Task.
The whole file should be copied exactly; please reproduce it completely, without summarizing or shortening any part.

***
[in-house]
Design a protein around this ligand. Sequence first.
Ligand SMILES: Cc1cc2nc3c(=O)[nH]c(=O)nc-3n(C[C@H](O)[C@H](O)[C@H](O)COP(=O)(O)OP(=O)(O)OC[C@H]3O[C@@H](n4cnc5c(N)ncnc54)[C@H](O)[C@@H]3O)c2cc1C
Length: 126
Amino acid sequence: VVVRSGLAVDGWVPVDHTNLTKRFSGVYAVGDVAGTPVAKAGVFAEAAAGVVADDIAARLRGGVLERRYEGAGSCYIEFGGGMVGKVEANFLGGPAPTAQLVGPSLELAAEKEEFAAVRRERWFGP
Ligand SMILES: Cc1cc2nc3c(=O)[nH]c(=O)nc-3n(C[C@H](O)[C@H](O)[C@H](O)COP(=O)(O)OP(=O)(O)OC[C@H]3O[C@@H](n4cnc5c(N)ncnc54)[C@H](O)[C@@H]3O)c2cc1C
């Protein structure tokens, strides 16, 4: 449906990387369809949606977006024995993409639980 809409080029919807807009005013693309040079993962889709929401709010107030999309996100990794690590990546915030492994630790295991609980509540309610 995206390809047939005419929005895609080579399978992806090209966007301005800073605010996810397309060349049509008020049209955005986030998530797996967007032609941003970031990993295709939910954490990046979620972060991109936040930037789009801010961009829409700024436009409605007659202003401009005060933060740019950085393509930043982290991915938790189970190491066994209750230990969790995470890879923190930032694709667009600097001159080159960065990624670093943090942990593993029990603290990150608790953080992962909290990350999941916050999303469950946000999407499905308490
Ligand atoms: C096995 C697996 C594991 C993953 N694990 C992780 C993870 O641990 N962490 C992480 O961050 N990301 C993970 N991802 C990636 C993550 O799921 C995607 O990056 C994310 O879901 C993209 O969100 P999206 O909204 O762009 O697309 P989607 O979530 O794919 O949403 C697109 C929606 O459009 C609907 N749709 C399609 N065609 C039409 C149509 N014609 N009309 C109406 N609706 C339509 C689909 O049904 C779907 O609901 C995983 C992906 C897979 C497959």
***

[in-house]
Design a protein around this ligand. Sequence first.
Ligand SMILES: Cc1cc2nc3c(=O)[nH]c(=O)nc-3n(C[C@H](O)[C@H](O)[C@H](O)COP(=O)(O)OP(=O)(O)OC[C@H]3O[C@@H](n4cnc5c(N)ncnc54)[C@H](O)[C@@H]3O)c2cc1C
Length: 126
Amino acid sequence: VVVRSGLAVDGWVPVDHTNLTKRFSGVYAVGDVAGTPVAKAGVFAEAAAGVVADDIAARLRGGVLERRYEGAGSCYIEFGGGMVGKVEANFLGGPAPTAQLVGPSLELAAEKEEFAAVRRERWFGP
Ligand SMILES: Cc1cc2nc3c(=O)[nH]c(=O)nc-3n(C[C@H](O)[C@H](O)[C@H](O)COP(=O)(O)OP(=O)(O)OC[C@H]3O[C@@H](n4cnc5c(N)ncnc54)[C@H](O)[C@@H]3O)c2cc1C
């Protein structure tokens, strides 16, 4: 449906990387369809949606977006024995993409639980 809409080029919807807009005013693309040079993962889709929401709010107030999309996100990794690590990546915030492994630790295991609980509540309610 995206390809047939005419929005895609080579399978992806090209966007301005800073605010996810397309060349049509008020049209955005986030998530797996967007032609941003970031990993295709939910954490990046979620972060991109936040930037789009801010961009829409700024436009409605007659202003401009005060933060740019950085393509930043982290991915938790189970190491066994209750230990969790995470890879923190930032694709667009600097001159080159960065990624670093943090942990593993029990603290990150608790953080992962909290990350999941916050999303469950946000999407499905308490
Ligand atoms: C096995 C697996 C594991 C993953 N694990 C992780 C993870 O641990 N962490 C992480 O961050 N990301 C993970 N991802 C990636 C993550 O799921 C995607 O990056 C994310 O879901 C993209 O969100 P999206 O909204 O762009 O697309 P989607 O979530 O794919 O949403 C697109 C929606 O459009 C609907 N749709 C399609 N065609 C039409 C149509 N014609 N009309 C109406 N609706 C339509 C689909 O049904 C779907 O609901 C995983 C992906 C897979 C497959």